During the realization of a number of proof of concept systems various difficulties have cropped up, the solution of which has led to the definition of two additional theorems about instance traceability. Finally, a set of design rules is formulated that facilitates the implementation of Normalized Systems Theory in automation systems. 

Article on the Corporate social responsibility project in Universiteit Antwerpen Magazine - March 2014

Read about the Corporate social responsibility project for students, which has been developed by our department, in the Universiteit Antwerpen Magazine of March 2014.

EURO Award for the Best EJOR Paper 2014 for David Martens and co-authors - July 2014

Prof. David Martens and co-authors received the EURO Award for the Best EJOR Paper 2014 with the paper:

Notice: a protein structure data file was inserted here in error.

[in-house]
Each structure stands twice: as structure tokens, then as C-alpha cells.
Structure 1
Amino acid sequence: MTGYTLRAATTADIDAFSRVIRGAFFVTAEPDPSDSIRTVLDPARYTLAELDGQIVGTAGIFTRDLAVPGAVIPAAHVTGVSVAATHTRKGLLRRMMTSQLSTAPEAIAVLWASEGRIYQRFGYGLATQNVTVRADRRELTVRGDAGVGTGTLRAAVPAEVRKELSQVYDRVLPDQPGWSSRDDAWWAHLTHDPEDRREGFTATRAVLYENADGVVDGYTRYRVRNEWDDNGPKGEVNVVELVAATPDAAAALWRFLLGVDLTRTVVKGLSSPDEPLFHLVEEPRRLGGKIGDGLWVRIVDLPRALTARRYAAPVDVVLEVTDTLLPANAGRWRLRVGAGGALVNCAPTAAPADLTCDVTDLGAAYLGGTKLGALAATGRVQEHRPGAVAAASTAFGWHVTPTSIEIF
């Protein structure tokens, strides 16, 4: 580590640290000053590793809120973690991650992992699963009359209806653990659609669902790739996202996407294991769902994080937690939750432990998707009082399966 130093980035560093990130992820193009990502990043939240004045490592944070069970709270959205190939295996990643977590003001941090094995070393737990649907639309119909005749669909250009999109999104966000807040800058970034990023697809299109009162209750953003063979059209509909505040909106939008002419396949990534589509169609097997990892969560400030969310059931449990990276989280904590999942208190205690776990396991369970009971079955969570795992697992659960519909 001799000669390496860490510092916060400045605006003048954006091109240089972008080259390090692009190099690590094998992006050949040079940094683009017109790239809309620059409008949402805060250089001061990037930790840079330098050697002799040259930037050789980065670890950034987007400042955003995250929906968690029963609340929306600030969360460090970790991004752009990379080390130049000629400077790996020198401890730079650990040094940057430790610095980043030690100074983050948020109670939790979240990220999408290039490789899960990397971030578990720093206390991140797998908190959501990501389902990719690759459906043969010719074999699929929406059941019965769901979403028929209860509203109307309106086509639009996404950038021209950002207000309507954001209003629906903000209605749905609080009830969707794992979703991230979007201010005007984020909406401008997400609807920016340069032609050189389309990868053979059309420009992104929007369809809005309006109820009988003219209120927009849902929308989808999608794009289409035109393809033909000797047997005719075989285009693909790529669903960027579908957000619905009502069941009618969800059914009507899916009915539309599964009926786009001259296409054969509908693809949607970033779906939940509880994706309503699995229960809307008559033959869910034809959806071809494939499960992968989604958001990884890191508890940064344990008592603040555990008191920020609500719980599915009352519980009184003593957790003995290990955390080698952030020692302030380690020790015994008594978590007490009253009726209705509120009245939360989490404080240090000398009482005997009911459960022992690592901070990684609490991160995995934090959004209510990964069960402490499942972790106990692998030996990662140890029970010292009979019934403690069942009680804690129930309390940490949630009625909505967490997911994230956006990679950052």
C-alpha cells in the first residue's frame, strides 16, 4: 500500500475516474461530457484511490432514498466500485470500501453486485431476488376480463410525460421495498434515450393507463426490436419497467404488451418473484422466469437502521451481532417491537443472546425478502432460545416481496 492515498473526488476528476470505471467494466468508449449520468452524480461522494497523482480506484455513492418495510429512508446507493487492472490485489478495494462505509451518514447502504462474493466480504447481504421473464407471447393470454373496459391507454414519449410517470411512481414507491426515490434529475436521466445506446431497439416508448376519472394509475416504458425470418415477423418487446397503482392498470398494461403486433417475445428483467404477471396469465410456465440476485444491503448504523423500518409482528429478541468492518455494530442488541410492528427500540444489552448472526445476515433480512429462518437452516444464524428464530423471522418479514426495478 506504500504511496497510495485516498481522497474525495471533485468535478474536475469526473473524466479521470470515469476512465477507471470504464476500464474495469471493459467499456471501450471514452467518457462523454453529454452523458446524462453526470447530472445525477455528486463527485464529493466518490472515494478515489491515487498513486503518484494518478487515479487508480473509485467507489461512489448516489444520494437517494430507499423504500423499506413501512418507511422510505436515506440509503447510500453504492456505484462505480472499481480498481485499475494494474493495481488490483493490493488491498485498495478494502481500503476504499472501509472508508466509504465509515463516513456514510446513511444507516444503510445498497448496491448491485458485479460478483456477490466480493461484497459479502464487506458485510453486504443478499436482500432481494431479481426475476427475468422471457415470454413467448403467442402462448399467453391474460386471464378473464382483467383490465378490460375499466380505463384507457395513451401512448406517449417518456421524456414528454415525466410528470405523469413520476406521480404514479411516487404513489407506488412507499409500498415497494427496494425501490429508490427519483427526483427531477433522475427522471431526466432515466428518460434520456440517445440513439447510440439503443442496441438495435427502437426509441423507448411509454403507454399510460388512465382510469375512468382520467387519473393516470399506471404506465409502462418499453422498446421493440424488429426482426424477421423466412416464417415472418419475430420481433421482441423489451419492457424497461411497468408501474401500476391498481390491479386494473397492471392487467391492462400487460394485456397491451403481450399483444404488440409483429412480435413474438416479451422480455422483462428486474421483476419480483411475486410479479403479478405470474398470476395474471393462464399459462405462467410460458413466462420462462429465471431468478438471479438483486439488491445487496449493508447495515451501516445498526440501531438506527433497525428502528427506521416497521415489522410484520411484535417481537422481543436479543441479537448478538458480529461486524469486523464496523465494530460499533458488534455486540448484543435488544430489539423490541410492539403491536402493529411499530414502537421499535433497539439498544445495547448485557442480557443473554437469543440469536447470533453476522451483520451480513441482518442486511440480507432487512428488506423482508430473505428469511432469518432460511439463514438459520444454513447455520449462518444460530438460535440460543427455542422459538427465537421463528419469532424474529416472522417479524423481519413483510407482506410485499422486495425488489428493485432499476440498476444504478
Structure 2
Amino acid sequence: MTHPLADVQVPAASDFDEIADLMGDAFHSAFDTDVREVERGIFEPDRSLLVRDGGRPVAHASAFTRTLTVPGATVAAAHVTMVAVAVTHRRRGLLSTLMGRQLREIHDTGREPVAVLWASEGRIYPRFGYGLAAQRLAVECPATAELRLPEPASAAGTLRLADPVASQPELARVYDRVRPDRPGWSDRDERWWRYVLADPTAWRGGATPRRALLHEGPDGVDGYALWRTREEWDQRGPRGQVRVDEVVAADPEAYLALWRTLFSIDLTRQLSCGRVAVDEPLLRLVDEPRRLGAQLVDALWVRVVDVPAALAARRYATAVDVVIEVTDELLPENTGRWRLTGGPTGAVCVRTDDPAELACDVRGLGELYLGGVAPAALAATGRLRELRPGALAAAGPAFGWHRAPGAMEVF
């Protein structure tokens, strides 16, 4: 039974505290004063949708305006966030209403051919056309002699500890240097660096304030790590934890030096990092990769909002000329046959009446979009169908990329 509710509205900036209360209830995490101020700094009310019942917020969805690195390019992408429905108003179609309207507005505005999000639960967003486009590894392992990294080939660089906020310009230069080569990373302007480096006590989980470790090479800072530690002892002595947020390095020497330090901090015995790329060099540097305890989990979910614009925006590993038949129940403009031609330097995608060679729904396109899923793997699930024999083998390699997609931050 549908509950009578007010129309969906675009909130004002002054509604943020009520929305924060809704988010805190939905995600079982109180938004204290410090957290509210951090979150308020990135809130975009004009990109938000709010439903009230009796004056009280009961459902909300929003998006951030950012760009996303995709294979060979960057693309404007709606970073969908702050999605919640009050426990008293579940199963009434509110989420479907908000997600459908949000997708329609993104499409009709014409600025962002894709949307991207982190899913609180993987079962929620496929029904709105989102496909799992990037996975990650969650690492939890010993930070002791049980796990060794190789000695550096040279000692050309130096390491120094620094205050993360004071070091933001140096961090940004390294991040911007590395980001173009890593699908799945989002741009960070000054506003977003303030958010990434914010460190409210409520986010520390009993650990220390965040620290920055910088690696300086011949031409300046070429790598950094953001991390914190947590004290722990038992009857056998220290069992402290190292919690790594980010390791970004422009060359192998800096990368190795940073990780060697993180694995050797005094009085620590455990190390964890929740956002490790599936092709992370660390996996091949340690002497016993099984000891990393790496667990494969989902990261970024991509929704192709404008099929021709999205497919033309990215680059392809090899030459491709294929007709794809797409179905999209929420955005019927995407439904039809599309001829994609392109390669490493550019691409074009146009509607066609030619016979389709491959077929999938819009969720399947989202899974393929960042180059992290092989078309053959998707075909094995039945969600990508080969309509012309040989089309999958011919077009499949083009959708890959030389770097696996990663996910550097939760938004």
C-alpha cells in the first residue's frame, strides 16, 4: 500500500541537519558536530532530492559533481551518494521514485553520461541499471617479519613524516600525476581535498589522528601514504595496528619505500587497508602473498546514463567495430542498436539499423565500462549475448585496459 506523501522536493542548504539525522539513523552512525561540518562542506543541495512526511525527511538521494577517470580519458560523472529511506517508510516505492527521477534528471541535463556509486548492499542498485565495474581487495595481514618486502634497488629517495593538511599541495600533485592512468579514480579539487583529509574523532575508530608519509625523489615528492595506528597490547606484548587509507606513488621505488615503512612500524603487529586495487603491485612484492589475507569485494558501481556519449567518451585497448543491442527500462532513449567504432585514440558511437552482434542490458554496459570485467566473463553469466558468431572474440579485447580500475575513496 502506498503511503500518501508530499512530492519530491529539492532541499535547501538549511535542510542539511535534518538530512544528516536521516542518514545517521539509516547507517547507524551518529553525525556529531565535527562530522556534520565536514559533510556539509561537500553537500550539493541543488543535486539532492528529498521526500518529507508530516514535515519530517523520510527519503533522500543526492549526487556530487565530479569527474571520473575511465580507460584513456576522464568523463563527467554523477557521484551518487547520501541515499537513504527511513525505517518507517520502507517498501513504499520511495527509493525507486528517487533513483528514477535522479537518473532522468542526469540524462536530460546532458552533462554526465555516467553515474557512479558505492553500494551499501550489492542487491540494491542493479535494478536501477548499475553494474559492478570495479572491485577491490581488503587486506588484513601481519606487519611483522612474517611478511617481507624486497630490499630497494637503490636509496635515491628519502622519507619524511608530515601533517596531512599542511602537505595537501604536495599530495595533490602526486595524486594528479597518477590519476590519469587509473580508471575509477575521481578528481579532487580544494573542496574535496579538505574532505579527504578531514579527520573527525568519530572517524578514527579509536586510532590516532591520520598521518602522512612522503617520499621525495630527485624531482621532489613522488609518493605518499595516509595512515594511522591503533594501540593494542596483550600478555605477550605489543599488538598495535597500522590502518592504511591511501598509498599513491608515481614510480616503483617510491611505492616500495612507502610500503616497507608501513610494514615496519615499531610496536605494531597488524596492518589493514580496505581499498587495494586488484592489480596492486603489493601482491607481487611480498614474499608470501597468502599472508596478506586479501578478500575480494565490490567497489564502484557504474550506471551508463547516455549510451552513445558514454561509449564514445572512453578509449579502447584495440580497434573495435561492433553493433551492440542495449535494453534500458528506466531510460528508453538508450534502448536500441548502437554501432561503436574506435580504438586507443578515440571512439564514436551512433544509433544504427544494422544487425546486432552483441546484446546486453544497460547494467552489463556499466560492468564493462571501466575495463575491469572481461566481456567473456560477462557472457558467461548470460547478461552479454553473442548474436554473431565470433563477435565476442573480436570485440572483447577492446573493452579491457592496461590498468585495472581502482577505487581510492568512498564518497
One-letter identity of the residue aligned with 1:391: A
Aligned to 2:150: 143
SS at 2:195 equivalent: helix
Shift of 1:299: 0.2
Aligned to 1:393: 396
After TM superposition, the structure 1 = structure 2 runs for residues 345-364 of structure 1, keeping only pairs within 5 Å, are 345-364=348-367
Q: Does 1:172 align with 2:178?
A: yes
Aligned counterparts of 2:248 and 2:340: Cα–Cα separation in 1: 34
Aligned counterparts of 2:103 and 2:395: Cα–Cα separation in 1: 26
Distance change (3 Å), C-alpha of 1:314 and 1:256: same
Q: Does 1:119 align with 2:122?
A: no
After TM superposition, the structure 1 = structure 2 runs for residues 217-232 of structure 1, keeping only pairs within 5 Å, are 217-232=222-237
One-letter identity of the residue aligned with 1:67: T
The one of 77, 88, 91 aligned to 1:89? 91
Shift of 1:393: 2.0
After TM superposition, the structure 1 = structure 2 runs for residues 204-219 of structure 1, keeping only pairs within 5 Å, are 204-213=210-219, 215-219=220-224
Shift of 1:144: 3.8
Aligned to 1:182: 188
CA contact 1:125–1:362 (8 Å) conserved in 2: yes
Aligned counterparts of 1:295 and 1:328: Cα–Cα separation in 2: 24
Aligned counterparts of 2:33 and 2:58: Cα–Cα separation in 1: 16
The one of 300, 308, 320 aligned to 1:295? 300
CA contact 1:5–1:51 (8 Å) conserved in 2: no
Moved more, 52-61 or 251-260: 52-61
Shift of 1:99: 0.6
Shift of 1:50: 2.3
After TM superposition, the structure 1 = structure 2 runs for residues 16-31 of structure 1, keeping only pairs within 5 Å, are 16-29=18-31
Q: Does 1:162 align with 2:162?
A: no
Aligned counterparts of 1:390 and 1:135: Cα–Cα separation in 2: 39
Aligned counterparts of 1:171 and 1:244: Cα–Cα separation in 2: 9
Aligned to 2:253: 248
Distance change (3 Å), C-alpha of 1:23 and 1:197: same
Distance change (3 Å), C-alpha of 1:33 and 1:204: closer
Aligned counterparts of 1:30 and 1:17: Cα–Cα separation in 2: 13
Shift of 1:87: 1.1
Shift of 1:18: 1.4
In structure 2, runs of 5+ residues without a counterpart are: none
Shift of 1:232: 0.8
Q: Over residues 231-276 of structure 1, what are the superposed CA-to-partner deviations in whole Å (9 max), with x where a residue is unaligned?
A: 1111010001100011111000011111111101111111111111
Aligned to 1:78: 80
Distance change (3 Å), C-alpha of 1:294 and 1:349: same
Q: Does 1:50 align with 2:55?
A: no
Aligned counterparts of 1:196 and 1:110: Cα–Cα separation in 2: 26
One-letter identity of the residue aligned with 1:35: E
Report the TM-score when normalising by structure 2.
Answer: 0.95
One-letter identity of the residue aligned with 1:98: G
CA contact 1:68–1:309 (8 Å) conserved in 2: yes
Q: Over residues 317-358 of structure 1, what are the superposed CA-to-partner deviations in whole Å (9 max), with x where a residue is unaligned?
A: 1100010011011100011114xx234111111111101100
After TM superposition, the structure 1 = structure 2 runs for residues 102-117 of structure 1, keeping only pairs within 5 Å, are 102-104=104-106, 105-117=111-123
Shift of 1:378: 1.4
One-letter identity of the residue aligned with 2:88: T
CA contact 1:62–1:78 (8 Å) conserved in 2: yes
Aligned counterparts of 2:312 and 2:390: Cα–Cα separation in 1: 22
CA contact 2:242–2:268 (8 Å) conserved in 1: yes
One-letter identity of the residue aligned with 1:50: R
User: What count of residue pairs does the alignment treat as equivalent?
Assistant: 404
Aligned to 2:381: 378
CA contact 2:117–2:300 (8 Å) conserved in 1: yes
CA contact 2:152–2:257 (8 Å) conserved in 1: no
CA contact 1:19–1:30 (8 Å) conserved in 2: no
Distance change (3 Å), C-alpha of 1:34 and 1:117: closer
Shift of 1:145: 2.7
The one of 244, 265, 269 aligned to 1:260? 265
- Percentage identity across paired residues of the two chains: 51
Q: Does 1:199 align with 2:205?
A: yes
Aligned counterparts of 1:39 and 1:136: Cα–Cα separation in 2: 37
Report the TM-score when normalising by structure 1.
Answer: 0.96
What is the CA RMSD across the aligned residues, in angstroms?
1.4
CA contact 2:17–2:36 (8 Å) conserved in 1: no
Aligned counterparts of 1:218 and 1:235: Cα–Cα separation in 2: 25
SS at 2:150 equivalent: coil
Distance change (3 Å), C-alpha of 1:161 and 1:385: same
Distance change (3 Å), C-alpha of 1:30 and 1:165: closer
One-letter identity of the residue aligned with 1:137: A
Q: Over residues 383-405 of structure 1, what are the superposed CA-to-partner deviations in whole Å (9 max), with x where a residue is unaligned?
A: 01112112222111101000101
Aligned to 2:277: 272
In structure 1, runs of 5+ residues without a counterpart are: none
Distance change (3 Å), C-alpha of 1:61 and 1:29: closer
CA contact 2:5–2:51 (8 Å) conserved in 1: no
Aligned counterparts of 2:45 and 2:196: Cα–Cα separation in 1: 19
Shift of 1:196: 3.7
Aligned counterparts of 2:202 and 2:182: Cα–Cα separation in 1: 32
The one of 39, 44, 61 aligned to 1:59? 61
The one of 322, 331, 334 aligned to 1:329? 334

Verbeke W., Dejaeger K., Martens D., Hur J., Baesens B., "New insights into churn prediction in the telecommunication sector: A profit driven data mining approach".

The awards were presented at the closing session of the IFORS 2014 conference in Barcelona (Spain) in July 2014.


Article on the bike request scheduling project in the newspaper De Standaard - August 2014

Read the article on the bike request scheduling project of Prof. dr. Kenneth Sörensen in De Standaard of 29 August 2014 (pdf - 2,6 Mb).


Prof. Dr. Aviel Verbruggen in the national VRT news about possible power shortages - August 2014

App predicts dance hits through datamining - November 2014